The Pagan ill defenced with sword or targe,
Tancredi’s thigh, as he supposed, espied
And reaching forth gainst it his weapon large,
Quite naked to his foe leaves his left-side;
Tancred avoideth quick his furious charge,
And gave him eke a wound deep, sore and wide;
That done, himself safe to his ward retired,
His courage praised by all, his skill admired.
The proud Circassian saw his streaming blood,
Down from his wound, as from a fountain, running,
He sighed for rage, and trembled as he stood,
He blamed his fortune, folly, want of cunning;
He lift his sword aloft, for ire nigh wood,
And forward rushed: Tancred his fury shunning,
With a sharp thrust once more the Pagan hit,
To his broad shoulder where his arm is knit.
Like as a bear through pierced with a dart
Within the secret woods, no further flieth,
But bites the senseless weapon mad with smart,
Seeking revenge till unrevenged she dieth;
So mad Argantes fared, when his proud heart
Wound upon wound, and shame on shame espieth,
Desire of vengeance so o’ercame his senses,
That he forgot all dangers, all defences.
Uniting force extreme, with endless wrath,
Supporting both with youth and strength untired,
His thundering blows so fast about he layeth,
That skies and earth the flying sparkles fired;
His foe to strike one blow no leisure hath,
Scantly he breathed, though he oft desired,
His warlike skill and cunning all was waste,
Such was Argantes’ force, and such his haste.
Long time Tancredi had in vain attended
When this huge storm should overblow and pass,
Some blows his mighty target well defended,
Some fell beside, and wounded deep the grass;
But when he saw the tempest never ended,
Nor that the Paynim’s force aught weaker was,
He high advanced his cutting sword at length,
And rage to rage opposed, and strength to strength.
Wrath bore the sway, both art and reason fail,
Fury new force, and courage new supplies,
Their armors forged were of metal frail,
On every side thereof, huge cantels flies,
The land was strewed all with plate and mail.
That, on the earth; on that, their warm blood lies.
And at each rush and every blow they smote
Thunder the noise, the sparks, seemed lightning hot.
The Christian people and the Pagans gazed,
On this fierce combat wishing oft the end,
Twixt hope and fear they stood long time amazed,
To see the knights assail, and eke defend,
Yet neither sign they made, nor noise they raised,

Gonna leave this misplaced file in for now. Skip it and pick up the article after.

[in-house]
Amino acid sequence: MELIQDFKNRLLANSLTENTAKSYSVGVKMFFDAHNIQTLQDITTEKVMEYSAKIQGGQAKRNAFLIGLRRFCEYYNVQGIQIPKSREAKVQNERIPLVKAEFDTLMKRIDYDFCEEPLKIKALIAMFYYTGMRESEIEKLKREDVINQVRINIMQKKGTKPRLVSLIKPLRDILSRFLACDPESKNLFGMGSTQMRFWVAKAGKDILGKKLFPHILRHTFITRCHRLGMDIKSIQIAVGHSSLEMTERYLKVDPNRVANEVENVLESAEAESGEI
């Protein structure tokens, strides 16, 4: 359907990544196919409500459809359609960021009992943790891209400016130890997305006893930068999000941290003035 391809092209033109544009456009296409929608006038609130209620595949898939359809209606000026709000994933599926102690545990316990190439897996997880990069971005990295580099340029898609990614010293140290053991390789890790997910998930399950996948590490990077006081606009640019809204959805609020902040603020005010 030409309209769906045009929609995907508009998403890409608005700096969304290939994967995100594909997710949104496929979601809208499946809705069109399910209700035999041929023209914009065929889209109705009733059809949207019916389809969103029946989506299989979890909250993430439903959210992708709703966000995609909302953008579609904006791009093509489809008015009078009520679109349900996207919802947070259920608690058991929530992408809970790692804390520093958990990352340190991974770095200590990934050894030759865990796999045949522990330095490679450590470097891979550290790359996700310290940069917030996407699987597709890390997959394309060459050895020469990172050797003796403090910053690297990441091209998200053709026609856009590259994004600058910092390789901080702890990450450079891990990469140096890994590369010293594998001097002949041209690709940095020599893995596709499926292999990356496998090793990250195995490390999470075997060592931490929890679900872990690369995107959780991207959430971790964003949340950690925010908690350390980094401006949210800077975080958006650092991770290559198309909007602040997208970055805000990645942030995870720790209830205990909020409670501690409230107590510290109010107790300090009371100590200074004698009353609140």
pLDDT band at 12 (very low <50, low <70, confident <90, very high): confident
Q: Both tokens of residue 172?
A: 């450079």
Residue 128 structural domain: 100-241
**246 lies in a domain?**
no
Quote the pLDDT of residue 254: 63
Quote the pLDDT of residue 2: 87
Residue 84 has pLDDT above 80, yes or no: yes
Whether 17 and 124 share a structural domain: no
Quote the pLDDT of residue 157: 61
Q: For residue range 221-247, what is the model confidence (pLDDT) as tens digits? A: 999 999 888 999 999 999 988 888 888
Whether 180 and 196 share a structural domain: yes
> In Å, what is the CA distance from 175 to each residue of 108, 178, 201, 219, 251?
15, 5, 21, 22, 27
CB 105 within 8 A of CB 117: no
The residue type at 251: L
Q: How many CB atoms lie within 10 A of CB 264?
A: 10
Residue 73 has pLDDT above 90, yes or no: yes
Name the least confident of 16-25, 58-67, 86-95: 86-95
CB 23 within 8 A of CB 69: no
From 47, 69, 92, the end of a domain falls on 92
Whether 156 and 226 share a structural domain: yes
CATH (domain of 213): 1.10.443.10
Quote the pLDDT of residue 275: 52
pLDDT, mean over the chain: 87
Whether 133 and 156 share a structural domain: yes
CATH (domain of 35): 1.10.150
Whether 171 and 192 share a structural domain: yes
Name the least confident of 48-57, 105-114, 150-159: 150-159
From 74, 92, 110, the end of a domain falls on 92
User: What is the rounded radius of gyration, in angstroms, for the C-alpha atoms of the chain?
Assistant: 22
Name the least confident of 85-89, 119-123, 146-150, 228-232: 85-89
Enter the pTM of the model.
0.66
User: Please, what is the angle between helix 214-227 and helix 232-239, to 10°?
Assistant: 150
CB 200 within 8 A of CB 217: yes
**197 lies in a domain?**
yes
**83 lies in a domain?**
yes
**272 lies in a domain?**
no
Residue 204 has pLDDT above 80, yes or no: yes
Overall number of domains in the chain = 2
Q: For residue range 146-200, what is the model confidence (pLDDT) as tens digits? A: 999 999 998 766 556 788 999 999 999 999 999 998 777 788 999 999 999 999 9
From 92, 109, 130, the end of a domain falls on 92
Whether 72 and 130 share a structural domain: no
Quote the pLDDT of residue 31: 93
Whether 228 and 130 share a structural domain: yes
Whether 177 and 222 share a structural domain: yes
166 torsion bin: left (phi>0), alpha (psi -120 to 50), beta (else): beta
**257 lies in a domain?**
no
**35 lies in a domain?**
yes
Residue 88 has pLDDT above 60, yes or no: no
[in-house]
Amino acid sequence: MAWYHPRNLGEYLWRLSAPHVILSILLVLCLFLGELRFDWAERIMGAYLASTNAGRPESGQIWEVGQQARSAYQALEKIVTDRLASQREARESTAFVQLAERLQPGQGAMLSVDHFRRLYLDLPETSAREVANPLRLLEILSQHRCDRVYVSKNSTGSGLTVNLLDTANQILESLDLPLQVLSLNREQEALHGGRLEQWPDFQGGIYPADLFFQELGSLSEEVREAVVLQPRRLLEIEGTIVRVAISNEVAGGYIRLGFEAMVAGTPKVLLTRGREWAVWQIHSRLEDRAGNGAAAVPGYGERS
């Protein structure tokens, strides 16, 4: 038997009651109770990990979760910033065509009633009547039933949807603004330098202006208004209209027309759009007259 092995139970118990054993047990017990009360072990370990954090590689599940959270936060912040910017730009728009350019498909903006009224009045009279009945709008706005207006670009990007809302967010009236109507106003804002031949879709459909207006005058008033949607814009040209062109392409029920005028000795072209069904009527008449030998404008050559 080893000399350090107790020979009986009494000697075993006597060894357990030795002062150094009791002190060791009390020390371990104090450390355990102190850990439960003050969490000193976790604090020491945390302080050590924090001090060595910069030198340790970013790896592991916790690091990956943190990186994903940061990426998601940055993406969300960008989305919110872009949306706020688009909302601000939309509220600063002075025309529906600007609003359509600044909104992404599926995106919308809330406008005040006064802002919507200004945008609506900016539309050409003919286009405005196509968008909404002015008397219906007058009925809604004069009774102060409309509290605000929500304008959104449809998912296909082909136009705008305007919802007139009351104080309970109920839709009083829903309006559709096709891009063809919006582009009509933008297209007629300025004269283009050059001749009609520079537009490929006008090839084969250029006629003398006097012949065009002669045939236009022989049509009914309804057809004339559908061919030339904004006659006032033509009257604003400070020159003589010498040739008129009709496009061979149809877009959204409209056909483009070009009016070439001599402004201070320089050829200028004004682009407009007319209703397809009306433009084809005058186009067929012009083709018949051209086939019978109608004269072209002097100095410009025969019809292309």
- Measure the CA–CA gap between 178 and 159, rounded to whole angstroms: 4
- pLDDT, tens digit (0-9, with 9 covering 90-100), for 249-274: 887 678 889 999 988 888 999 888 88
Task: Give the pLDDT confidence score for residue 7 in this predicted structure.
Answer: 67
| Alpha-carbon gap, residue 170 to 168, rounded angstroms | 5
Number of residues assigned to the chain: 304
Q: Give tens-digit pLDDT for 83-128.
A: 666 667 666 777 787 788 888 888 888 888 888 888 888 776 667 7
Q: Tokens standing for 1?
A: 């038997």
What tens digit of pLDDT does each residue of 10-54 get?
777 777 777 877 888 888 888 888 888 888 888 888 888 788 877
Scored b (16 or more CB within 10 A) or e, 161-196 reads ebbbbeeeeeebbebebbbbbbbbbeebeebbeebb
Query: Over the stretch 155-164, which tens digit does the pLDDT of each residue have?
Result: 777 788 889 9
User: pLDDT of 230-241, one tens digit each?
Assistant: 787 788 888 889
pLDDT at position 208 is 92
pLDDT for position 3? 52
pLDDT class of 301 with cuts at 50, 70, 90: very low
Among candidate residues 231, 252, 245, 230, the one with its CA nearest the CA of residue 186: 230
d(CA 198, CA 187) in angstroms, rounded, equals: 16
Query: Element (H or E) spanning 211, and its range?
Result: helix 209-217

But for the issue of the fight attend,
And stood as still, as life and sense they wanted,
Save that their hearts within their bosoms panted.
Now were they tired both, and well-nigh spent,
Their blows show greater will than power to wound;
But Night her gentle daughter Darkness, sent,
With friendly shade to overspread the ground,
Two heralds to the fighting champions went,
To part the fray, as laws of arms them bound
Aridens born in France, and wise Pindore,
The man that brought the challenge proud before.
These men their sceptres interpose, between
The doubtful hazards of uncertain fight;
For such their privilege hath ever been,
The law of nations doth defend their right;
Pindore began, ‘Stay, stay, you warriors keen,
Equal your honor, equal is your might;
Forbear this combat, so we deem it best,
Give night her due, and grant your persons rest.
‘Man goeth forth to labor with the sun,
But with the night, all creatures draw to sleep,
Nor yet of hidden praise in darkness won
The valiant heart of noble knight takes keep:’
Argantes answered him, ‘The fight begun
Now to forbear, doth wound my heart right deep:
Yet will I stay, so that this Christian swear,
Before you both, again to meet me here.’
‘I swear,’ quoth Tancred, ‘but swear thou likewise
To make return thy prisoner eke with thee;
Else for achievement of this enterprise,
None other time but this expect of me;’
Thus swore they both; the heralds both devise,
What time for this exploit should fittest be:
And for their wounds of rest and cure had need,
To meet again the sixth day was decreed.
This fight was deep imprinted in their hearts
That saw this bloody fray to ending brought,
An horror great possessed their weaker parts,
Which made them shrink who on their combat thought:
Much speech was of the praise and high desarts
Of these brave champions that so nobly fought;
But which for knightly worth was most ypraised,
Of that was doubt and disputation raised.
All long to see them end this doubtful fray,
And as they favor, so they wish success,
These hope true virtue shall obtain the day,
Those trust on fury, strength and hardiness;
But on Erminia most this burden lay,
Whose looks her trouble and her fear express;
For on this dangerous combat’s doubtful end
Her joy, her comfort, hope and life depend.
Her the sole daughter of that hapless king,
That of proud Antioch late wore the crown,
The Christian soldiers to Tancredi bring,
When they had sacked and spoiled that glorious town;
But he, in whom all good and virtue spring,
The virgin’s honor saved, and her renown;
And when her city and her state was lost,
Then was her person loved and honored most.